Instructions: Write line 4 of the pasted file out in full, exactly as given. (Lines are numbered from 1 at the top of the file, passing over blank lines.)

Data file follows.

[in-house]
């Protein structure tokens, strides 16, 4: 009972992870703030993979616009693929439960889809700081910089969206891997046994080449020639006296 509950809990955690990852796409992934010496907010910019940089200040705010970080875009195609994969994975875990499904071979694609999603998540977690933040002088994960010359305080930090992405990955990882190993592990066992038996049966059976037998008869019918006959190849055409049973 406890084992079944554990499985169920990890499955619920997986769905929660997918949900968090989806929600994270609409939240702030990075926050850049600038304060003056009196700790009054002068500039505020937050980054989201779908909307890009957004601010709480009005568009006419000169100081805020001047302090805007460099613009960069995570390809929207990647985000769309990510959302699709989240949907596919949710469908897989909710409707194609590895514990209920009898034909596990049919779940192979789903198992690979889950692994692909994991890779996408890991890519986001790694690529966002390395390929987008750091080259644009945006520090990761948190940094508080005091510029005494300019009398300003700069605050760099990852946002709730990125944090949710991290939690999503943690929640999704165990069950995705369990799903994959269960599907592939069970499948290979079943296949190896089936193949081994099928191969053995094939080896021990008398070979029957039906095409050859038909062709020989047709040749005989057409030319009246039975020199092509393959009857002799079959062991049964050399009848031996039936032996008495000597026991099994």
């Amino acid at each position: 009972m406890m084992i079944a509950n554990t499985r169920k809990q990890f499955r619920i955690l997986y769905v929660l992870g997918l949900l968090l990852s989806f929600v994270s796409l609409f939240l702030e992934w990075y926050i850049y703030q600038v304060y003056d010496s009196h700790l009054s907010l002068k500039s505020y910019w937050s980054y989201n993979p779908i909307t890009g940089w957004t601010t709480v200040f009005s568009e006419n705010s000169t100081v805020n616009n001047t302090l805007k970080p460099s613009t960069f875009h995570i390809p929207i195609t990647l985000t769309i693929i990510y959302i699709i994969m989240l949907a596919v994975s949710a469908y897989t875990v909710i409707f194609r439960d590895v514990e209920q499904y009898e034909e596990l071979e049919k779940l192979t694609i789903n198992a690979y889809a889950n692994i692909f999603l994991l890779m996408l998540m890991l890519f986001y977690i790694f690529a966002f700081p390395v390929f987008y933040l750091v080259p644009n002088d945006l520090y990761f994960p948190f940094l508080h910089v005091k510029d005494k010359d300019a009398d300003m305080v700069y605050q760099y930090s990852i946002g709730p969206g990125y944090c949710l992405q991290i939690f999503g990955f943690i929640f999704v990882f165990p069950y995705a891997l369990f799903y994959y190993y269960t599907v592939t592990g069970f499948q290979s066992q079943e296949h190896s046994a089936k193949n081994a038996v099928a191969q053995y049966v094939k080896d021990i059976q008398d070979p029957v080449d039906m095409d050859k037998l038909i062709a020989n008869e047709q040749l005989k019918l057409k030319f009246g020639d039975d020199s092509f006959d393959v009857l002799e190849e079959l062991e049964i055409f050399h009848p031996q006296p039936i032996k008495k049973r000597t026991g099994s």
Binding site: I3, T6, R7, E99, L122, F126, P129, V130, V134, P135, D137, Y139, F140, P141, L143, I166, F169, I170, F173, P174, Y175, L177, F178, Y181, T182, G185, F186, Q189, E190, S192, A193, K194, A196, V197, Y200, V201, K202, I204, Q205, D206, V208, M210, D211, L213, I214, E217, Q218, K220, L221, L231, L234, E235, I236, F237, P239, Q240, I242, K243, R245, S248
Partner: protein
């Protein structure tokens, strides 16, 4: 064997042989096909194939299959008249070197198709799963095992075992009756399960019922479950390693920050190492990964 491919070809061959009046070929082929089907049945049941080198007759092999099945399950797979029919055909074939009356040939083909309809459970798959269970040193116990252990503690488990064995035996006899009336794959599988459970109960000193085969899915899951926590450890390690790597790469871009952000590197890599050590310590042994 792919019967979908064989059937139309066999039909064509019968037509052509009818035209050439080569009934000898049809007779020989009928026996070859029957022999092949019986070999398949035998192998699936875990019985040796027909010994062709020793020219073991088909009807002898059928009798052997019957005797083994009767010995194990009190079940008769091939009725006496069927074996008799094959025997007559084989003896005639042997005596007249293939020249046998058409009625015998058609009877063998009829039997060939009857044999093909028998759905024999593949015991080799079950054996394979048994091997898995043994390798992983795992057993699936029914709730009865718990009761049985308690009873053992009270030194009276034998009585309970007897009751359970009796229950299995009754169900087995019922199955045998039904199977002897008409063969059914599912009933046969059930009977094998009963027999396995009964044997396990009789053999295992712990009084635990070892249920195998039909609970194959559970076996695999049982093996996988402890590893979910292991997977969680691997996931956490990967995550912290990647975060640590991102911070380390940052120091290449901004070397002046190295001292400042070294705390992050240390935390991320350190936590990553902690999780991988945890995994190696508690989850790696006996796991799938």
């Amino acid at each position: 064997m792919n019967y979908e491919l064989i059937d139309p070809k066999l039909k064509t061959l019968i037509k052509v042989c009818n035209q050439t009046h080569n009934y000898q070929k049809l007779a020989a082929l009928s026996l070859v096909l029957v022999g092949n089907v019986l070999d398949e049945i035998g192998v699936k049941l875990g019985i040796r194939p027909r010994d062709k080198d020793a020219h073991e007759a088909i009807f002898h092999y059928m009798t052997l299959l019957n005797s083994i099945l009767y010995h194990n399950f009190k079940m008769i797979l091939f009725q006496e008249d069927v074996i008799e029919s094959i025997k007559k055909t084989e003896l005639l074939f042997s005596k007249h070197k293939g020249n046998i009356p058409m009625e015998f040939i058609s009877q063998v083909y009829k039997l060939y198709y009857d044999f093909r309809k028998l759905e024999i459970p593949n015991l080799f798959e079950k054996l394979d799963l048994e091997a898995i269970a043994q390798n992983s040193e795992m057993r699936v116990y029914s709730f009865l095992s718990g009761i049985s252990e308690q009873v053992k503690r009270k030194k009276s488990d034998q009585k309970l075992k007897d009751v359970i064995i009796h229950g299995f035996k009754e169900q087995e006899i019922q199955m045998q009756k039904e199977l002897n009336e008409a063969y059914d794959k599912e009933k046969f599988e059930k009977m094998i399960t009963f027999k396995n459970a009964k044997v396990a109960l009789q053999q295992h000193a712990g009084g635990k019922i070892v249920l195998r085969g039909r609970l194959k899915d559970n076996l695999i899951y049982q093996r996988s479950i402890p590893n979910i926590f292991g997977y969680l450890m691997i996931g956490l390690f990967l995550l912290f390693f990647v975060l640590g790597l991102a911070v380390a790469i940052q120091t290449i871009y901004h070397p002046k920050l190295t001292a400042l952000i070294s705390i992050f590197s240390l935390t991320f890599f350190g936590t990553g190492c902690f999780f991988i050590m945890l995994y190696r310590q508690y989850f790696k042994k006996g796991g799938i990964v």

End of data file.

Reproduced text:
Binding site: I3, T6, R7, E99, L122, F126, P129, V130, V134, P135, D137, Y139, F140, P141, L143, I166, F169, I170, F173, P174, Y175, L177, F178, Y181, T182, G185, F186, Q189, E190, S192, A193, K194, A196, V197, Y200, V201, K202, I204, Q205, D206, V208, M210, D211, L213, I214, E217, Q218, K220, L221, L231, L234, E235, I236, F237, P239, Q240, I242, K243, R245, S248